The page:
A few years back, when my writing partner and I were working on our book, we had a series of discussions with programmers about artificial intelligence in non-player characters. That led us out to MIT, where we spent a day getting demonstrations on how researchers were using animal simulations to help “train” the computer to think.
Over the next few years, I had the chance to edit a series of stories on how researchers were going one step further: using biology to inform how robots can move, including this story which we published in Technology Review last week.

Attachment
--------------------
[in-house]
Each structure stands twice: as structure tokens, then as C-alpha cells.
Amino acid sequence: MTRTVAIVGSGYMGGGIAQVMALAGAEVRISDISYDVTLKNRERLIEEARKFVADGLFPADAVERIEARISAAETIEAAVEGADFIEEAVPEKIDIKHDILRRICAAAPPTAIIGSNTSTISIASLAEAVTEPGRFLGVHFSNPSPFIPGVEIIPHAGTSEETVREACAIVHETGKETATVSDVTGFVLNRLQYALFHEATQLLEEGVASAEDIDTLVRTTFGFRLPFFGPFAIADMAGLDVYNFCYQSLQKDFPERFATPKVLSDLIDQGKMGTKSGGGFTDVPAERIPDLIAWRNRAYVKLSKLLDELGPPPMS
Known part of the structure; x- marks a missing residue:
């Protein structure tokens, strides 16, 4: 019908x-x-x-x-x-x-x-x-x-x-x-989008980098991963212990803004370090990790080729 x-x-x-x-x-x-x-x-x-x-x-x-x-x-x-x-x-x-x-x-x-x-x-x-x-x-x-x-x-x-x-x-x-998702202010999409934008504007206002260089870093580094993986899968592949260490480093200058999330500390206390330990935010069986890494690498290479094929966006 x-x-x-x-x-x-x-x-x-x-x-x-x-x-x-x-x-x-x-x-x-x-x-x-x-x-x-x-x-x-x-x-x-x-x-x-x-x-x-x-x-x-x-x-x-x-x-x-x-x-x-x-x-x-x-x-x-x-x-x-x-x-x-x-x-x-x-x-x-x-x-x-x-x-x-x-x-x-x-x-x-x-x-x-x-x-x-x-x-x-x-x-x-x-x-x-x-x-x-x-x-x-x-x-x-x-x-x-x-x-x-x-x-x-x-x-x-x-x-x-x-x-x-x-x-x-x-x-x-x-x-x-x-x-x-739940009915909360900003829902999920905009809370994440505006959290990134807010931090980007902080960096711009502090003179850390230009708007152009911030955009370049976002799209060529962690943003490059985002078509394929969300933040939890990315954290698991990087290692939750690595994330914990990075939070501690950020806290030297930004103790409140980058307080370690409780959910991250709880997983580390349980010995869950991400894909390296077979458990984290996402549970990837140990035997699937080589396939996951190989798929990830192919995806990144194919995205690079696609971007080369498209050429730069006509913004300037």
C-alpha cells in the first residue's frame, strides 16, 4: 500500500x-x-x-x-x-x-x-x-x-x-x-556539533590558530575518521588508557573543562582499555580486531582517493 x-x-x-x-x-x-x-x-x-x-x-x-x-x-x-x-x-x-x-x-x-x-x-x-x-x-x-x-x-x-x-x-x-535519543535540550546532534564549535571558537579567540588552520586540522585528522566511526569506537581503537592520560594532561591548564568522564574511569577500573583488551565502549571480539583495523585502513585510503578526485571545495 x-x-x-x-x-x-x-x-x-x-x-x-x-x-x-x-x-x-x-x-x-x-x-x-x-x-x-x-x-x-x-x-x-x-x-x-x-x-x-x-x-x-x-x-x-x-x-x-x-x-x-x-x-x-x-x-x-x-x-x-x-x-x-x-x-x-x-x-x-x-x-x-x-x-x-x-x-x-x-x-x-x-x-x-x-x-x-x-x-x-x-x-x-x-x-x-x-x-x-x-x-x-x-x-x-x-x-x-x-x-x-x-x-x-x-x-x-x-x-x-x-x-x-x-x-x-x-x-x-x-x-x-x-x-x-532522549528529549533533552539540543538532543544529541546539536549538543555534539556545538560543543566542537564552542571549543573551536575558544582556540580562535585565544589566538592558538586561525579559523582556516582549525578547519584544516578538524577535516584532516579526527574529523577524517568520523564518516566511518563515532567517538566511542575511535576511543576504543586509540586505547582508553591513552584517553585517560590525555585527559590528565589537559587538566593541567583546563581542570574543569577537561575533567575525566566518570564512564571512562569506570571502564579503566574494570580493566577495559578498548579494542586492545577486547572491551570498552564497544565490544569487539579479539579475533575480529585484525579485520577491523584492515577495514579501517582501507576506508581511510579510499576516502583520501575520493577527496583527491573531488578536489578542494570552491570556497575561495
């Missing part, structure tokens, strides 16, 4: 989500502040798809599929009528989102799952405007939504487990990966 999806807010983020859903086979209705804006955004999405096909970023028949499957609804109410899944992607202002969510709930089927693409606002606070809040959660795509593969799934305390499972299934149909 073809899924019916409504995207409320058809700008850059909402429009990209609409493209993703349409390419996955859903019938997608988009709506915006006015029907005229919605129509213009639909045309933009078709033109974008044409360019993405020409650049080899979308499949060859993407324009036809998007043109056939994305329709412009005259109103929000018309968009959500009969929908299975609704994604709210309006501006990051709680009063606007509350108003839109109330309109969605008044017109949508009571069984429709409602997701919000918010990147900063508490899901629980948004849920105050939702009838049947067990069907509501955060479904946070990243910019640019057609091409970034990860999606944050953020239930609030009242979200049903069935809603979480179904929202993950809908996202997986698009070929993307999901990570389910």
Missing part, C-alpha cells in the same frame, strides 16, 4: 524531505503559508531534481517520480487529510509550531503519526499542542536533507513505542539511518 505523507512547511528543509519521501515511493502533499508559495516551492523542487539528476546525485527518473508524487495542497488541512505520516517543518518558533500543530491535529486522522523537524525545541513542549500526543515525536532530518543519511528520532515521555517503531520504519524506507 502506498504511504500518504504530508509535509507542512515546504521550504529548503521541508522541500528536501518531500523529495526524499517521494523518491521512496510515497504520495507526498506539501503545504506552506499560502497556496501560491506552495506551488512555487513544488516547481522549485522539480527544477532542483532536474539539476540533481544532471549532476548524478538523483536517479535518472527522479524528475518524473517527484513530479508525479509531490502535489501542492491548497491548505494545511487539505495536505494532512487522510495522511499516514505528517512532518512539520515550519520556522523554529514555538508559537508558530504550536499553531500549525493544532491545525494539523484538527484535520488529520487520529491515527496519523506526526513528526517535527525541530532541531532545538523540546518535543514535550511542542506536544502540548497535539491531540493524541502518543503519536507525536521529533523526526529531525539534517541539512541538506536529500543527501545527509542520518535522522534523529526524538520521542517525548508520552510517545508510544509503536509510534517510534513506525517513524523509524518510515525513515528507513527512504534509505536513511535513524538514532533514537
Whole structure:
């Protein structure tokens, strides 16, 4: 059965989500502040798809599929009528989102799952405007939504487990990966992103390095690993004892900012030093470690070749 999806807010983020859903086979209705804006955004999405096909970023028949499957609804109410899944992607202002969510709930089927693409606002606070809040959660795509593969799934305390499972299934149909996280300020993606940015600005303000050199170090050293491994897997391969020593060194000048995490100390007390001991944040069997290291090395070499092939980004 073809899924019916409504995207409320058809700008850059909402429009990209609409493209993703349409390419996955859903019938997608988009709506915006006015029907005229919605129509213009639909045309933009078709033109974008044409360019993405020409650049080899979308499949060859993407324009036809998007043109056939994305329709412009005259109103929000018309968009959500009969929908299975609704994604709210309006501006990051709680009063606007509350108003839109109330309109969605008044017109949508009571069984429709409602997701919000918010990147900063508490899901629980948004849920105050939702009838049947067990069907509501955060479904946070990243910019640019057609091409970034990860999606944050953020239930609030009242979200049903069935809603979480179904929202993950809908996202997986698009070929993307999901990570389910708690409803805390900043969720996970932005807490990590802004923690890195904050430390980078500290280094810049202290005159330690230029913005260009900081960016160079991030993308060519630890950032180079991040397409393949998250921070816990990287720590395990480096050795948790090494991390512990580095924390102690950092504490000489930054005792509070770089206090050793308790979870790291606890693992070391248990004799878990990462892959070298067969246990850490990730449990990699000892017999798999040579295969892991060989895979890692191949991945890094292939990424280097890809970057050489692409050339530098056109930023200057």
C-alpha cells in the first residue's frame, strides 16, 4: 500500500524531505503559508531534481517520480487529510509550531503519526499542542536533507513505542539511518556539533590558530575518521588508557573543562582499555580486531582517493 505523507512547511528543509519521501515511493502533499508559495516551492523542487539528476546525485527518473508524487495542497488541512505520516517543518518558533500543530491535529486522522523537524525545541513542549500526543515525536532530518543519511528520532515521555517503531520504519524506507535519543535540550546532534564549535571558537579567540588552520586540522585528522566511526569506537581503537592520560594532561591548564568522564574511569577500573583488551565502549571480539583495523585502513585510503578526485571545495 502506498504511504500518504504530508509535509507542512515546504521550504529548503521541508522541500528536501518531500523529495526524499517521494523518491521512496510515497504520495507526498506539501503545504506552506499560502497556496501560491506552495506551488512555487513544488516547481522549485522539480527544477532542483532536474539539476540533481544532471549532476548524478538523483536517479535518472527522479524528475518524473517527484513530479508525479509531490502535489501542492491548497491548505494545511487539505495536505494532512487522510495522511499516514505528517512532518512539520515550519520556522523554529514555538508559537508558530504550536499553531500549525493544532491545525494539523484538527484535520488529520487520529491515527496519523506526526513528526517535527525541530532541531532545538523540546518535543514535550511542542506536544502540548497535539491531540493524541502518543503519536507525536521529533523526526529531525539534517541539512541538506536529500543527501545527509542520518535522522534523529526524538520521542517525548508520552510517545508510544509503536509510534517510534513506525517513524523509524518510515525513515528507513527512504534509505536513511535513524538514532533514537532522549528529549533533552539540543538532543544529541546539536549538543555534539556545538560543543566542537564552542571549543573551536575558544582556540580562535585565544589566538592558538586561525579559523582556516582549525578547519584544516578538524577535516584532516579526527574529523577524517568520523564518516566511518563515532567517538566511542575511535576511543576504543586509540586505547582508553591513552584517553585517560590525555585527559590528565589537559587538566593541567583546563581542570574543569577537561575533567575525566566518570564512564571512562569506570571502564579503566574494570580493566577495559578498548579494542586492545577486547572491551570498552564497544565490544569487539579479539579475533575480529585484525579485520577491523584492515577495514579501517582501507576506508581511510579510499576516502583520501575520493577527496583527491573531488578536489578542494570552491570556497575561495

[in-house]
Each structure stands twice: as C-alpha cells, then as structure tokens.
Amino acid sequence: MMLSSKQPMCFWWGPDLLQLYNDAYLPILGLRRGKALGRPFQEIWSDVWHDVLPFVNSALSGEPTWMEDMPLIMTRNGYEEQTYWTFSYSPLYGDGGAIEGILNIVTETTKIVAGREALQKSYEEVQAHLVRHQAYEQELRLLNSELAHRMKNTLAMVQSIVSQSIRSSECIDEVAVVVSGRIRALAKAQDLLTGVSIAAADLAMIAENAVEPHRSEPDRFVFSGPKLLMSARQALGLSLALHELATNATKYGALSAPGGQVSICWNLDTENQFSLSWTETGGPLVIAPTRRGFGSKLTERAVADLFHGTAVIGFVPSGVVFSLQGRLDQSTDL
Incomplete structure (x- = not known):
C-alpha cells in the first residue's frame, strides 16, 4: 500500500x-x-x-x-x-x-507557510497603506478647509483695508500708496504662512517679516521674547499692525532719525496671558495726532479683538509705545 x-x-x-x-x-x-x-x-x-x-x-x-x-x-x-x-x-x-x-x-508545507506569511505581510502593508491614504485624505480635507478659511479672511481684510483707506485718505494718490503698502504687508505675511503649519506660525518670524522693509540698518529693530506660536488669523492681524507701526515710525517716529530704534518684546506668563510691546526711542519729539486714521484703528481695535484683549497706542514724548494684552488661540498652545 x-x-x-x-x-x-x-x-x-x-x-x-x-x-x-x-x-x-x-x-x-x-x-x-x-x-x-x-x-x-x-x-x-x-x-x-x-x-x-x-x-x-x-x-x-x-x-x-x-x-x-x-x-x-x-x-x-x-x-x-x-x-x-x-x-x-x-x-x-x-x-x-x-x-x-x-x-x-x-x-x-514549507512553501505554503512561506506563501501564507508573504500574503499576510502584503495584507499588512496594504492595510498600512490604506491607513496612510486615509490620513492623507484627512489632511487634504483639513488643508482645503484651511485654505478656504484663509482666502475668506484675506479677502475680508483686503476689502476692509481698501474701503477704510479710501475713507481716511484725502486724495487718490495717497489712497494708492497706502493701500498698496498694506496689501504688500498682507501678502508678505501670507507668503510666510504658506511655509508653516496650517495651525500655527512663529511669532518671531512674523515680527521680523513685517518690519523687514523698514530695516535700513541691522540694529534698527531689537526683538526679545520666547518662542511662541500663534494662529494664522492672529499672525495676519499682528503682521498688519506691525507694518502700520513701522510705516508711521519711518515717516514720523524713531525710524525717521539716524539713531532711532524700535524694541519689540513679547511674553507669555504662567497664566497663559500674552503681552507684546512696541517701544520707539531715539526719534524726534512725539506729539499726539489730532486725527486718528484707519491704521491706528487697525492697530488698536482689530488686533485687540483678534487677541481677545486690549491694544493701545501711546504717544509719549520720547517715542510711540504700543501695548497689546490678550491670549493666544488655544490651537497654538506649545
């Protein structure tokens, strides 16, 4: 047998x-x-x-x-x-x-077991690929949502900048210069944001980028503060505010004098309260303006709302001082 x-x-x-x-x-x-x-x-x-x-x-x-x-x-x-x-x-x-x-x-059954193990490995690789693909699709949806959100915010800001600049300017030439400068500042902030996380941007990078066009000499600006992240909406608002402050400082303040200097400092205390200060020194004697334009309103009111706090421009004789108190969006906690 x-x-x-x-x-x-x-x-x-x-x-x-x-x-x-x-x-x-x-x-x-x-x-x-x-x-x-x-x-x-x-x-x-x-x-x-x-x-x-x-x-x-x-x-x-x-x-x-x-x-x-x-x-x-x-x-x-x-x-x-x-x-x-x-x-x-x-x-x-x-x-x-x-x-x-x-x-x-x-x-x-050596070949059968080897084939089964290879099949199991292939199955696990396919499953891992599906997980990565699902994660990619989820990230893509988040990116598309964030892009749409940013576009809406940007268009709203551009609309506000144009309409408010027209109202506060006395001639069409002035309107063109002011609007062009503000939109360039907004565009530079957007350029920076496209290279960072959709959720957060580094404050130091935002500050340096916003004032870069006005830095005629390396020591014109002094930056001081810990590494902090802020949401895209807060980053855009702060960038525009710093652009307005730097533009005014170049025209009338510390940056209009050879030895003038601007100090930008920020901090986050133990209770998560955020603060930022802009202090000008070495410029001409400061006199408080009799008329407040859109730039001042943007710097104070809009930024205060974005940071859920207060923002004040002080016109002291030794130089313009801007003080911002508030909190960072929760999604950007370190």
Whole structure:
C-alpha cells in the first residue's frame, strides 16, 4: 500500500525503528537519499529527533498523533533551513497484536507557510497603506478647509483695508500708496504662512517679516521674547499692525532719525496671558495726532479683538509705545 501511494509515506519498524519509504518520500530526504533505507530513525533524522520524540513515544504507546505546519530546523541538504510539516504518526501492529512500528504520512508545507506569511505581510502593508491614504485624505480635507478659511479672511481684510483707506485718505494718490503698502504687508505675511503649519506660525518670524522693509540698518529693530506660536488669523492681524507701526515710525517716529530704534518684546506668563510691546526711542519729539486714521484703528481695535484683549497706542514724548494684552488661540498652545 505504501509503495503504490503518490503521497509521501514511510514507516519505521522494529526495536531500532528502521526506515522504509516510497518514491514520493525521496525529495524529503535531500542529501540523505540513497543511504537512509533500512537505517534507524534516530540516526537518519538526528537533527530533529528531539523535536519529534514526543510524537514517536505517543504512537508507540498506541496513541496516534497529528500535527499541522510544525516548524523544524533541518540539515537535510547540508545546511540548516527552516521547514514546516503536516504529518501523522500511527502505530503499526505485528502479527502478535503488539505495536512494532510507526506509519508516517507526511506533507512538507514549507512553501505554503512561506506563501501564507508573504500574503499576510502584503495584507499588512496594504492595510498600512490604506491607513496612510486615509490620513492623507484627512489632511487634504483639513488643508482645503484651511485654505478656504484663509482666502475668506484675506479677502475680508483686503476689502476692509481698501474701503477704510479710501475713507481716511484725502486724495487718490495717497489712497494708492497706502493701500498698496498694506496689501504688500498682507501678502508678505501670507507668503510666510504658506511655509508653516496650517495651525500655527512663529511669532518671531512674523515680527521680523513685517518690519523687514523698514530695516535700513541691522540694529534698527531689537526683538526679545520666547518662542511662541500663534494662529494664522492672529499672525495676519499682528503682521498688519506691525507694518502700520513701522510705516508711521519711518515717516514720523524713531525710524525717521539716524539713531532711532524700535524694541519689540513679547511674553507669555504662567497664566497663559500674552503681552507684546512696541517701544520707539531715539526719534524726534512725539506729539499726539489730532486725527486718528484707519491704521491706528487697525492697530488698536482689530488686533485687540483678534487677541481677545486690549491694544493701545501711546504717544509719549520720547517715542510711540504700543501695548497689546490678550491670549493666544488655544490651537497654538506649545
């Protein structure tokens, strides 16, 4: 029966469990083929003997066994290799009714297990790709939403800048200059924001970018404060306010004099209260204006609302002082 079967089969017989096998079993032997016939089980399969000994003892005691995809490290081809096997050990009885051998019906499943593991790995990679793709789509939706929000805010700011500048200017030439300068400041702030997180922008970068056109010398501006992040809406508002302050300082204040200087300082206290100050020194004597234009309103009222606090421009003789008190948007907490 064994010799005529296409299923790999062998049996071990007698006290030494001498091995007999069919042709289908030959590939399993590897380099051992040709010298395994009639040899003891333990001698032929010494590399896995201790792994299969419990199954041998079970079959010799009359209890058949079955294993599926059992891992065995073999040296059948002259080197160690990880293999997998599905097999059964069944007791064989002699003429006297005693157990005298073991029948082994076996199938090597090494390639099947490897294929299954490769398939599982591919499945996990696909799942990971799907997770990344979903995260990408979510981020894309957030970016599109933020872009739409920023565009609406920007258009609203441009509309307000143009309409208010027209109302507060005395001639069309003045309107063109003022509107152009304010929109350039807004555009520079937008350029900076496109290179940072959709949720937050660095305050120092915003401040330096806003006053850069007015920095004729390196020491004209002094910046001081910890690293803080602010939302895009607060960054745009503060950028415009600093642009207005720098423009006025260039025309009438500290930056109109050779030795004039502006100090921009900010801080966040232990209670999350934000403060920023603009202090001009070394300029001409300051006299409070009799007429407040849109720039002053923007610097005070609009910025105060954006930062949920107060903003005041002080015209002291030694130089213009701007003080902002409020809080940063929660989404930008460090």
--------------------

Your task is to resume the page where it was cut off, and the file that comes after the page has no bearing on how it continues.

So, I was particularly delighted to read a story in yesterday’s New York Times (with kudos to Brittany Sauser for sending this along).
Roaches Aid in Robotic Innovations
In an article from the New York Times, Garnet Hertz, a graduate student at the University of California has found a simple solution to robotic navigation by creating Robo-Roach.
The Madagascar hissing cockroach, which can grow as big as a mouse, rolls around in Hertz’ three-wheeled cart that rises about knee high, and steers the contraption by running on a modified trackball (really).
Hertz’ motivation came from other robotic pioneers – such as MIT’s Rodney Brooks – who have suggested that robot intelligence should be similar to that of roaches and other insects that react quickly to their environment.